VISIT BOURBON STREET AND ENJOY THE MUSIC
Even if you are just passing through this great city of New Orleans everybody wants to stop and enjoy the life in Bourbon Street ...That amazing centre of this City of New Orleans that has been written about in so many songs and featured in so many movies..
I have always wanted to visit this city and I was not dissapointed..although it was just after "Hurricane Katrina" and the scene was a lot quieter the people, the food, the beverages, and above all the music was absolutely fantastic..so much so I can't wait to return again..Related to:
- Road Trip
- Beer Tasting
The First Step: Louisiana Visitor's Center
Upon entering any state by car, I like to visit the Welcome Center, which is always helpful in getting the information you will need to enjoy the state.
Having family in Waskom, TX right on the Louisiana Border makes it nice for me to stop in and get the information, although it took me almost 2 years to actually stop in.
There are visitor's centers on each of the 4 major highway enterances on I-20 and I-10.
You can also order this information before you arrive.
Shreveport/Bossier City's Casinos
If you are an avid gambler, or someone who enjoys seeing a nice show and dinner, Shreveport's Casino district is the place to be.
Several of the big named casino chains have branches here on the Red River, including Horseshoe, Hollywood, Isle of Capri, and Boomtown!
Acts from Willie Nelson to Cher all appear here, so go out and have a great time in Shreveport!Related to:
- Casino and Gambling
Louisiana State Capitol
It began as the dream of Huey P. Long,governor of Louisiana. And it was a very daring thought to build such a big State Capitol Building during the 1930s.
The New Louisiana State Capitol was completed after 14 months in March 1932. The cost to complete the building was $5 million.
In 1935, the Louisiana State Capitol Building was the site of Huey P. Long's assassination. Long was buried on the grounds with his statue facing the Capitol.
It is the tallest state capitol in the United States. (450 feet high with 34 floors)
It is an artdeco masterpiece.
The architects used symbolism everywhere in the building. Where the tower rises at the 22nd floor four winged figures guard the corners and they represent Law, Science, Philosophy and Art.
The staircase at the entrance has one step for each of the 48 states, listed in the order of their admittance to the Union. (Alaska and Hawaii were added to the top step when they were made states.)
Louisiana's state symbol, the pelican, decorates many places in the building.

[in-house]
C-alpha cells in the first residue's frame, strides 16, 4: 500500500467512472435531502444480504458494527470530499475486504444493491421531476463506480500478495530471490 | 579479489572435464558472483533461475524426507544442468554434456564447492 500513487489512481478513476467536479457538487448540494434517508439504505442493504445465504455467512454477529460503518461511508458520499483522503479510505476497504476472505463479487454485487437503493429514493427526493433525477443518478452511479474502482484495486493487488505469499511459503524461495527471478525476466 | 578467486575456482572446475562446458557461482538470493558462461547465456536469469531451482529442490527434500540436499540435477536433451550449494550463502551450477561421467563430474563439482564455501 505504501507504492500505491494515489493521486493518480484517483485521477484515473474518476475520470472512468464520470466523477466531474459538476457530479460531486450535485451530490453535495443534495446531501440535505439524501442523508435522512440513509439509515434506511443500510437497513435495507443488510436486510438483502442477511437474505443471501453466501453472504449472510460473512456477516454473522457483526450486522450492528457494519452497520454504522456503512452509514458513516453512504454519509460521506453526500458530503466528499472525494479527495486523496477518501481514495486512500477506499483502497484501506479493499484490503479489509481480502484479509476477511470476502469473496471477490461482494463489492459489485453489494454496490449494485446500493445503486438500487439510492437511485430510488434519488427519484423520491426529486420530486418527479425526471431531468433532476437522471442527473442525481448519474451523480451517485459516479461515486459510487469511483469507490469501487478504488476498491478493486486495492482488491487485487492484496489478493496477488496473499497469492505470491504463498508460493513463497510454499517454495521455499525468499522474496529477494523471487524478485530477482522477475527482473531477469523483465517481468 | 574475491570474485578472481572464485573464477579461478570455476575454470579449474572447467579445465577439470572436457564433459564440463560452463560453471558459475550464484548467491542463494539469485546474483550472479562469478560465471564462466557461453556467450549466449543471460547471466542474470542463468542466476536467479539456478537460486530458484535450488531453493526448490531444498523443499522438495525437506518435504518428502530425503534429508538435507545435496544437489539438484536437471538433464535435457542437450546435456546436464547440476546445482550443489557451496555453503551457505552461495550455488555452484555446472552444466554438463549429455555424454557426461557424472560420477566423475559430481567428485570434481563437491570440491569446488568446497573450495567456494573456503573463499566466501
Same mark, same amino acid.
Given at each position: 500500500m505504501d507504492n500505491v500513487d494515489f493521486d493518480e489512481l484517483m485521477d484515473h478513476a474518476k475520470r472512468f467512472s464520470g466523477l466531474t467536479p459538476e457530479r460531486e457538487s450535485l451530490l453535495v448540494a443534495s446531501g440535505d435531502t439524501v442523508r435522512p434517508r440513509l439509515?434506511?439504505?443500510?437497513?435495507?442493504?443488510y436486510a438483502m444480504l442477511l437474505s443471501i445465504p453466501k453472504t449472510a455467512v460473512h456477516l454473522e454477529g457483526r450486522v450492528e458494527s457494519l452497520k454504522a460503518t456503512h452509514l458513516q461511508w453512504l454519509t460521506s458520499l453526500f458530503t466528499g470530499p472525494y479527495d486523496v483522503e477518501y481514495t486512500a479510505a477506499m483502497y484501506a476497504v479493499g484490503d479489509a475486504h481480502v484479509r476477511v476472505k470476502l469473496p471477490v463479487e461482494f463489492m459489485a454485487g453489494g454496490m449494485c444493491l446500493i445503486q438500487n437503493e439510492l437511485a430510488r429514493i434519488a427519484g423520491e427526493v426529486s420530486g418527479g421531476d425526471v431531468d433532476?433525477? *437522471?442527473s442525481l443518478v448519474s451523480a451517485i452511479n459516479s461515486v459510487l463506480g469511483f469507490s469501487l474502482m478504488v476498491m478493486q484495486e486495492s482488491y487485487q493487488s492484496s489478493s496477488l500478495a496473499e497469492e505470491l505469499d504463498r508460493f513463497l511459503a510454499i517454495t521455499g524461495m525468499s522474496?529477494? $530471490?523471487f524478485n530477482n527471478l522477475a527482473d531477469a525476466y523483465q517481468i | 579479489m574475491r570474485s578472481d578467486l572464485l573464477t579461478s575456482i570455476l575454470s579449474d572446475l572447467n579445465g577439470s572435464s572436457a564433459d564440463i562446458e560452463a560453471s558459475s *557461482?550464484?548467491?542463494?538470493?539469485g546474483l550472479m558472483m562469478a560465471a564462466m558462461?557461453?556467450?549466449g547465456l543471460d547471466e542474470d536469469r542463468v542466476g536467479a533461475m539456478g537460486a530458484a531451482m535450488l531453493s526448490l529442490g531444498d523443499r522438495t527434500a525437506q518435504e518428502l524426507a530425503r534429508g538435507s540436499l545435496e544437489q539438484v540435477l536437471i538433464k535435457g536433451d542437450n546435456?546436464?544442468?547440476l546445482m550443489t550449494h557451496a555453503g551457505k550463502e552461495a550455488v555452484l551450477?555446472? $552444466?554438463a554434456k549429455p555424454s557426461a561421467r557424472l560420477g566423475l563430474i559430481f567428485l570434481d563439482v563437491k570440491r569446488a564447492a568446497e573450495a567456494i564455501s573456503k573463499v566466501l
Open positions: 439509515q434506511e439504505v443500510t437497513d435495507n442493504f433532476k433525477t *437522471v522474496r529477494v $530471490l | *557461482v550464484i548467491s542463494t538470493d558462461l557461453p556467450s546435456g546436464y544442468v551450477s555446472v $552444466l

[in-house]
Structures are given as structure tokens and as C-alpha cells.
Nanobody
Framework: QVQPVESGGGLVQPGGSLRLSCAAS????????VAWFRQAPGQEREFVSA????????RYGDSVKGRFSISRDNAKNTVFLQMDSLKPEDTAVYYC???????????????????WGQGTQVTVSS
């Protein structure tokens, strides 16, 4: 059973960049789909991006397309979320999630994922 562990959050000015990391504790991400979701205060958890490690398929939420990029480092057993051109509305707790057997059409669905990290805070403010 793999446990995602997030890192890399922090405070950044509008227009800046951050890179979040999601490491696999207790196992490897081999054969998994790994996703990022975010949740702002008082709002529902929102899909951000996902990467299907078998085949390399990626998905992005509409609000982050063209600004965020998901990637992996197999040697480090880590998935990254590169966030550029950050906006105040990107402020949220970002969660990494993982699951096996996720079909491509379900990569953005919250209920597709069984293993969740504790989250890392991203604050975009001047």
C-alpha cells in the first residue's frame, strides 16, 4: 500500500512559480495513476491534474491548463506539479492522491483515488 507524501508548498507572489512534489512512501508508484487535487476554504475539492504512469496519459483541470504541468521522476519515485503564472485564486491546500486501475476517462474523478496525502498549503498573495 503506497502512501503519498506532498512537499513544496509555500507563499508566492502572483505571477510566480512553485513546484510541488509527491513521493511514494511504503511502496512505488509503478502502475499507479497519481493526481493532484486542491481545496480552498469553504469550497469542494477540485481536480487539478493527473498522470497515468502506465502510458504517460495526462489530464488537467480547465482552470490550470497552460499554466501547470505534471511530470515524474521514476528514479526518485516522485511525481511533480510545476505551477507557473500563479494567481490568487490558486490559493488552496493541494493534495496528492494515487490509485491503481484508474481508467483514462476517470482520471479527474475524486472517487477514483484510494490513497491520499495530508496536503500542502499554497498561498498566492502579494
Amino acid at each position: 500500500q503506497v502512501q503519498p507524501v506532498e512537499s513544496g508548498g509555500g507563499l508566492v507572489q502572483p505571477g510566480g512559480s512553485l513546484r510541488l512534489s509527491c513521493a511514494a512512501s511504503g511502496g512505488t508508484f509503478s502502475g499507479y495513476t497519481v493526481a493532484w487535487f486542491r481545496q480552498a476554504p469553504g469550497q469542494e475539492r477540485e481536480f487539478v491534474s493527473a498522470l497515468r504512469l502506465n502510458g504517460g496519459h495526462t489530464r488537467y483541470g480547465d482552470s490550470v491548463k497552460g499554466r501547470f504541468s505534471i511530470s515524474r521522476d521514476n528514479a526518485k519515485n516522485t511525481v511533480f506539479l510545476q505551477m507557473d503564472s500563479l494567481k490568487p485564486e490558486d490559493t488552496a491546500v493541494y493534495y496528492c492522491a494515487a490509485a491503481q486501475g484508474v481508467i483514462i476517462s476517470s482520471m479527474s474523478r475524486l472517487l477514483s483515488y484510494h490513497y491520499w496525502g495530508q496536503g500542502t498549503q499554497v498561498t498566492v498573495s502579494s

There is an observatory at the 27th floor from where you can overlook Baton Rouge at a height of 350 feet.
Pet the Shark - he likes it.
I try to go everytime I'm in New Orleans. It's definitely the best aquarium I have ever seen. I'd pay just to see the jellyfish. They have no heart, no blood, and no brain. Yet they live. Coming from a med geek like me, I could stare at them for hours thinking "But you are just some cells! With no direction, rhyme, or reason!" I imagine this is why they just float around. Oh well. I've had days like that.
The walk-through aquarium is breathtaking. Last time, we caught it during feeding time. That action was straight out of National Geographic. Make sure to pet the live shark and to visit Spot, the albino alligator.
Rural Life Museum
This museum contains a large collection of material culture of 19th century Louisiana, and also houses artifacts dealing with everyday rural life up to the early 20th century. It is largely staffed by the Louisiana State students. It was the brainchild of Steele Burden who was a landscape architect and whose family home "Windrush" is nearby and can also be visited. Various different buildings from different areas in Louisiana have been collected collected here. There was a schoolhouse, a store (photo 2), a dove cote (photo 5), slave cabins, an overseer's house, a church, etc. In 1970-72, six buildings were moved in – the Overseer’s House, Blacksmith Shop, Schoolhouse, and three cabins.
Our admission as seniors was $6.00 each. There was a film. First we looked at the actual museum part which included some funeral carriages with a couple of cast iron coffins.
I met Bob in the graveyard (which was just markers from other places kind of scattered around) and he said "I might have known I would find you in the cemetery". (photo 4)Related to:
- Museum Visits
- National/State Park
Bocage Plantation -- NOW OPEN
Dear River Road Travelers,
Bocage Plantation has officially opened its doors to the public for tours and Bed & Breakfast. Listed on the National Historic Register, Bocage has become a living museum without the usual ropes and stanchions that do not allow guests to feel 19th Century living at its finest. Furniture by famous makers like Mallard, Meeks, Roux, Querville, and many others are available to the overnight guests to use and enjoy. Guests have commented “you mean I actually get to sleep in a Mallard bed?” The answer is a resounding “yes”, and we want to know if we have made it as comfortable as you might want. Breakfast is served on Limoges China in the Napoleon Dining room, with sterling silver flatware. We have spared no expense to make your stay memorable and relaxing. The landscaping is being restored to the grandeur of the 19th Century by famous landscape architect Dr. Neil Odenwald.
- Historical Travel
- Romantic Travel and Honeymoons
Natures wonders near New Orleans